So You’re Ready to Exit Your PEO, Now What?

Teachers Appreciation WeekA PEO, or Professional Employer Organization, is a tool some companies use to offload a variety of responsibilities to a third party. These responsibilities can include payroll, business insurance, recruiting and onboarding, employee benefits, and more. Many times, as companies grow and they hire more internal staff, PEO services can become redundant. When that occurs, determining the best path forward can be overwhelming.

One of the most challenging aspects of exiting a PEO can be the transition of the employees’ legal employer. While in the PEO, the PEO is the employer. Once the PEO exit is complete, the company becomes the employer. This can create some confusion around tax implications and benefits. It’s important that when these services are no longer managed through the PEO that nothing falls through the cracks.

Life After a PEO: Impact on Benefits

These are a few common issues employers experience when transferring employee benefits out of a PEO:

  • FSA balances: When the PEO is the employer, once the relationship is terminated, employees may be unable to access FSA funds in an FSA sponsored by the PEO, even if the plan year is not over. Some PEOs won’t even process claims after the relationship is terminated, even if the claim was incurred before the date of term. Communicating the impending termination of the relationship to employees early can help them plan to spend down their FSA funds, rather than forfeiting them.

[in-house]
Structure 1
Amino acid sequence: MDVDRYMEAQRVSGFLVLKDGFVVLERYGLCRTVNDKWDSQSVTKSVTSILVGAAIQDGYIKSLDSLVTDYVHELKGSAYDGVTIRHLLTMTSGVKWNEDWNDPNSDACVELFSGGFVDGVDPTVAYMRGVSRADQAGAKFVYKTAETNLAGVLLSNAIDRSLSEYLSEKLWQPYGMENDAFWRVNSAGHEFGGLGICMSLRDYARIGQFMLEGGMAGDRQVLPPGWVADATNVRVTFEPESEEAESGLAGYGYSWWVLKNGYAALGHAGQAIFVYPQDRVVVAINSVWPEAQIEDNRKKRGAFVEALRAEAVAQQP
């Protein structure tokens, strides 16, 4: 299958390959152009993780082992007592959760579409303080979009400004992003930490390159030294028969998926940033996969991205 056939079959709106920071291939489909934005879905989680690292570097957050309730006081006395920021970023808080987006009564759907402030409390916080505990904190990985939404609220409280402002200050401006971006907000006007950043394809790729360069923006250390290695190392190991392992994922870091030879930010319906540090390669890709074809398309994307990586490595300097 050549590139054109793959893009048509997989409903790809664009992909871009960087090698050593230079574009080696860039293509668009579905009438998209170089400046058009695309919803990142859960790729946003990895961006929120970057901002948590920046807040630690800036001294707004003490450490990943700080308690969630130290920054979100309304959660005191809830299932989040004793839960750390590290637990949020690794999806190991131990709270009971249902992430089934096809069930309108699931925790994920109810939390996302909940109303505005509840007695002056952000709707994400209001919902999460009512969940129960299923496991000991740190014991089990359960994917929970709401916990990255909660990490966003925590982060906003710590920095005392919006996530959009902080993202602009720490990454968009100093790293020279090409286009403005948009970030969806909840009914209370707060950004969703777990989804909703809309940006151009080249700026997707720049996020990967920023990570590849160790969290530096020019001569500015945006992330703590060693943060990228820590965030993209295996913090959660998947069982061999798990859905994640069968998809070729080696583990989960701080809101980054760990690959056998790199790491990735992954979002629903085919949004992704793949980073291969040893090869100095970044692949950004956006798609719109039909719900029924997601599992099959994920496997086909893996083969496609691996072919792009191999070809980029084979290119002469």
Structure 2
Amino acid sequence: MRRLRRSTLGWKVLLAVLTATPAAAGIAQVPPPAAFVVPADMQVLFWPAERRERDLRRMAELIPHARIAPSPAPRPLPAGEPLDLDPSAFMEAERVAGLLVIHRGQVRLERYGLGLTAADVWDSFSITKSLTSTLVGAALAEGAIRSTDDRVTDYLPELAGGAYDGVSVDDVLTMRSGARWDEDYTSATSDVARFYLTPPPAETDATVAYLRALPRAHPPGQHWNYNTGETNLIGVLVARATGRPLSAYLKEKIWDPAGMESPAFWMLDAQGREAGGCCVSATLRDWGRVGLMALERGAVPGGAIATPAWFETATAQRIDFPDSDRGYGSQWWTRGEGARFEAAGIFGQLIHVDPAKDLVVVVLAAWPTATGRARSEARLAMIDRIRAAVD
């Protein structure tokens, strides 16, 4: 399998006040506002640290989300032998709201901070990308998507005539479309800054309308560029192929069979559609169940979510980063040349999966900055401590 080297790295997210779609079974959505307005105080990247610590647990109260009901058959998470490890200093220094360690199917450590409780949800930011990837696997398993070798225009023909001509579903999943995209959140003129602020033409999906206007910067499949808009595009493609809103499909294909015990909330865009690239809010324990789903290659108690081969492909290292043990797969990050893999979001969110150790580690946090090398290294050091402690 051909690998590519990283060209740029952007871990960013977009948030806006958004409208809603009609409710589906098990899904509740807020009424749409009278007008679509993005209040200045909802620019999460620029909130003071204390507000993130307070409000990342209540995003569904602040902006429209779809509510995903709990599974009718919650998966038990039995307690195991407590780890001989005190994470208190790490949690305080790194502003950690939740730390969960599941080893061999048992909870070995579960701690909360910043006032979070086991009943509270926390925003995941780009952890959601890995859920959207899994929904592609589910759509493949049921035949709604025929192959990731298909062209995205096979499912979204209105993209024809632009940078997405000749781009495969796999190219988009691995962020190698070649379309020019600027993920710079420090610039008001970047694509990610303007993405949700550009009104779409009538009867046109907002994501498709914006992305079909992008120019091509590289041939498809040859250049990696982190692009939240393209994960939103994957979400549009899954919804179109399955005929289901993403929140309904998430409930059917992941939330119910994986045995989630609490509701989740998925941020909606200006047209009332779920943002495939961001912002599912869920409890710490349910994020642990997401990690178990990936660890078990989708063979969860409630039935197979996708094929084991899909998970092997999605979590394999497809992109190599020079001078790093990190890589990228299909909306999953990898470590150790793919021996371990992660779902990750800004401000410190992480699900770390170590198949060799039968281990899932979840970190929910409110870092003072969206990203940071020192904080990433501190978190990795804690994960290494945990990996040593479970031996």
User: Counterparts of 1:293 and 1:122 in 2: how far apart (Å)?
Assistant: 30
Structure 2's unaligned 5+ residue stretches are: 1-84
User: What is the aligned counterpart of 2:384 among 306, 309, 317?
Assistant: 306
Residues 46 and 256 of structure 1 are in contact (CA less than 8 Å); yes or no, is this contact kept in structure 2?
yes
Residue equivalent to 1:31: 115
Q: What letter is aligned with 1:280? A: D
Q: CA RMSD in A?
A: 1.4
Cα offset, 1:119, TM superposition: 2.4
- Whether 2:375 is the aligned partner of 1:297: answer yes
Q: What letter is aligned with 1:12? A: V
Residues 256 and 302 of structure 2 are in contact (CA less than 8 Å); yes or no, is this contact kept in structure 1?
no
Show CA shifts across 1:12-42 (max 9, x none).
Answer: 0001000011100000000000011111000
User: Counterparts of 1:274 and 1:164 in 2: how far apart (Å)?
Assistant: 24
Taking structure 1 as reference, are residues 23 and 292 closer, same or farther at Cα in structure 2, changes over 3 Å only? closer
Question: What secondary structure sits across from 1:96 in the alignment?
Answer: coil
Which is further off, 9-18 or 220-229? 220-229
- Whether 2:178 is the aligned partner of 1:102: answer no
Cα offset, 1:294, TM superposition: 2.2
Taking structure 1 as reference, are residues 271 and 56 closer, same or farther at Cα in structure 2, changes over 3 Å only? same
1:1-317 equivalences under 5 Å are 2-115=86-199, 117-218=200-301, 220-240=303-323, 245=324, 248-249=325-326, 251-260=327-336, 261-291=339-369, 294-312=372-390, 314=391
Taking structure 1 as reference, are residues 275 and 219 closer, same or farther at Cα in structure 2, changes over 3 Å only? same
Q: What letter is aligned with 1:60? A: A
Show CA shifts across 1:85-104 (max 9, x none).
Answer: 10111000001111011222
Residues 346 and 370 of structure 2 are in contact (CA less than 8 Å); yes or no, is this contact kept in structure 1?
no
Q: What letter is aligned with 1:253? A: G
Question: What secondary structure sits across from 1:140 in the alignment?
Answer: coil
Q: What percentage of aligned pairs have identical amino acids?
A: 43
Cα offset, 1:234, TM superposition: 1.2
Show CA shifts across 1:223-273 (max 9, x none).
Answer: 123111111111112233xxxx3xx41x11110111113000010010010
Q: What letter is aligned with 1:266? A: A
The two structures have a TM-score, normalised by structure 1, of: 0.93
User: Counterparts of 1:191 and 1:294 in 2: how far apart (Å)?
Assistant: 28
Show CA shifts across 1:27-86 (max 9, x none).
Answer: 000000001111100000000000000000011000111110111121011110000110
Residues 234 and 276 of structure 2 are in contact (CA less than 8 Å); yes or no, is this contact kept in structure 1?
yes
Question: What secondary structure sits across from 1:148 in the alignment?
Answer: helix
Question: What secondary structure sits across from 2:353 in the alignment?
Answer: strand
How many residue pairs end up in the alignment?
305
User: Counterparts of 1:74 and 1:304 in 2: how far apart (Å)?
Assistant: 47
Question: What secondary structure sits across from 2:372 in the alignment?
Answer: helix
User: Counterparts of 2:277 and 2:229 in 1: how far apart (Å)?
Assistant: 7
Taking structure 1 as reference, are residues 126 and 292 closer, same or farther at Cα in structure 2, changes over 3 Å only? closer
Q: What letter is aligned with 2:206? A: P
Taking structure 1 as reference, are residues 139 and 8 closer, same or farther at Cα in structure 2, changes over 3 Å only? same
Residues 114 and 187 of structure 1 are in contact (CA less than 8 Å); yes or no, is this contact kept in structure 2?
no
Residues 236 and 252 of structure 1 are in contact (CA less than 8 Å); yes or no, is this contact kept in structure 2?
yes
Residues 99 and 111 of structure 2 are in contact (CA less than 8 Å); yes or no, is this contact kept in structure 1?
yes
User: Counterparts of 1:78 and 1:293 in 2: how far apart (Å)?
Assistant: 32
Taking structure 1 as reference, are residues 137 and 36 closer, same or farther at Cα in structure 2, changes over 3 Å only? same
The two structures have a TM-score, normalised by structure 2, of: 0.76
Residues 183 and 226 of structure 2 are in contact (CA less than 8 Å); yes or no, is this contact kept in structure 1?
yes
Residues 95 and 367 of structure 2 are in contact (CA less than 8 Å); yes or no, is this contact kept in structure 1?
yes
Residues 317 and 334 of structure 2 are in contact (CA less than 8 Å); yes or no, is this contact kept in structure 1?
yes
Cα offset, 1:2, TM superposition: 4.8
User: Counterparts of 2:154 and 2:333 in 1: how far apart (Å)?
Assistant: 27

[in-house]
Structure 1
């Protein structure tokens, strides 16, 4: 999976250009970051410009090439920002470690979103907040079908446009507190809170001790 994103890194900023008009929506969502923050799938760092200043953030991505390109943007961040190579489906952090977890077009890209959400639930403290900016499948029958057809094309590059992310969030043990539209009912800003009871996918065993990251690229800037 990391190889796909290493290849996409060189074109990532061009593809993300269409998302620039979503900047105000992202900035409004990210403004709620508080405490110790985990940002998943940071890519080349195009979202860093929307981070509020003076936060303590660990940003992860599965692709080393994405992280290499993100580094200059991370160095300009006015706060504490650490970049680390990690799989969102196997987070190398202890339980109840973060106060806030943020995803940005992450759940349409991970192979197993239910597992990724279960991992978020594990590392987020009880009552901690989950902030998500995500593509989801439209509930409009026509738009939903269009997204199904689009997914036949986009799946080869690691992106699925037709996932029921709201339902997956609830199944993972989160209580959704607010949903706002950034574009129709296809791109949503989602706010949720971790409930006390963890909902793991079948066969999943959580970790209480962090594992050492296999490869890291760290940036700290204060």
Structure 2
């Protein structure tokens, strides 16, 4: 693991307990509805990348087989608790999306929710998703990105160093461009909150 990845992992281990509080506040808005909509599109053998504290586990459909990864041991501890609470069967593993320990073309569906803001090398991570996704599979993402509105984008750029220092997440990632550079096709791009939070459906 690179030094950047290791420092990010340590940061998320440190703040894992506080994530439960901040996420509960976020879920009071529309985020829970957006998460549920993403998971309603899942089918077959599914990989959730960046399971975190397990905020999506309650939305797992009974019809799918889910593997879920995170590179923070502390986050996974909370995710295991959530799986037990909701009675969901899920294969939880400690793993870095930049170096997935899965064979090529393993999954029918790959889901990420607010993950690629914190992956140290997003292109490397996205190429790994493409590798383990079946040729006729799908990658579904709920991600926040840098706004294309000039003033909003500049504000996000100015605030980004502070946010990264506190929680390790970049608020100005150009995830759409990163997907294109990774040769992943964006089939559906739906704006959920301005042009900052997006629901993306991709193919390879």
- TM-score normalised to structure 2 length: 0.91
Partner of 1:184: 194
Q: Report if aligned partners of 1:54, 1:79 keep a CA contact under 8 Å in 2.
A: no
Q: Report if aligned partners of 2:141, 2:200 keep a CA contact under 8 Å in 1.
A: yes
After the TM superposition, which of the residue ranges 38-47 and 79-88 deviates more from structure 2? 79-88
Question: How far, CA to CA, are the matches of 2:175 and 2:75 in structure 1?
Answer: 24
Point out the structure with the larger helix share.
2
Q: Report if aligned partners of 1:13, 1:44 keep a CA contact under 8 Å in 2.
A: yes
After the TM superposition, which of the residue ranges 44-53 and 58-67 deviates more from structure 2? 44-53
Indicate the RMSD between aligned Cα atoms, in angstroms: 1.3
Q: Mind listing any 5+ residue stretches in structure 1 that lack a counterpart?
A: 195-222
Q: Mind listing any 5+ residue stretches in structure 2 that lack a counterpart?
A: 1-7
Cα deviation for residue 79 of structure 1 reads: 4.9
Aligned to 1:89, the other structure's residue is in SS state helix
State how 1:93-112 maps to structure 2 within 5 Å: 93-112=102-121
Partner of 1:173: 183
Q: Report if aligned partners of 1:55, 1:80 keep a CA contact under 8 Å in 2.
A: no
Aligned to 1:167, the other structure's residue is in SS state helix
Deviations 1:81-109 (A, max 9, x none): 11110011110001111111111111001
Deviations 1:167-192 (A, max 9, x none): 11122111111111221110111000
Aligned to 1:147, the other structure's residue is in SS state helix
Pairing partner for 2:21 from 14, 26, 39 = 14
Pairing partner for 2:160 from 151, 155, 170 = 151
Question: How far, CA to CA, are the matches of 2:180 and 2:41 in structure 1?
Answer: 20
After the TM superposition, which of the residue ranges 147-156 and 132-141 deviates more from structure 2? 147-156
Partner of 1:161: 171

• Medical/Dental Deductible reset: This is especially important if effective dates will change as a result of the PEO exit. Some PEOs have one common effective date and some allow each member to choose their own effective date. Regardless of the situation, employers should ensure that if the deductibles and out of pocket maximums reset,  employees are aware and prepared for any additional costs they may incur.
  • COBRA: Some PEOs will charge significant fees to manage COBRA participants after an organization has left the PEO. Employers should negotiate the inclusion of the COBRA participants with the new medical insurance carrier.
  • Tax withholdings: Some higher compensated employees may have already paid a significant portion of their annual requirement toward social security and/or Medicare taxes. These amounts may reset with the transition to a new employer. However, under the Small Business Efficiency Act, PEOs may register with the IRS as Certified PEOs (“CPEOs”), which will prevent FICA and FUTA wage bases from restarting if an organization exits a PEO mid-year.

If you’re currently in a PEO and looking to make an exit, HCW can help. Contact us for more information.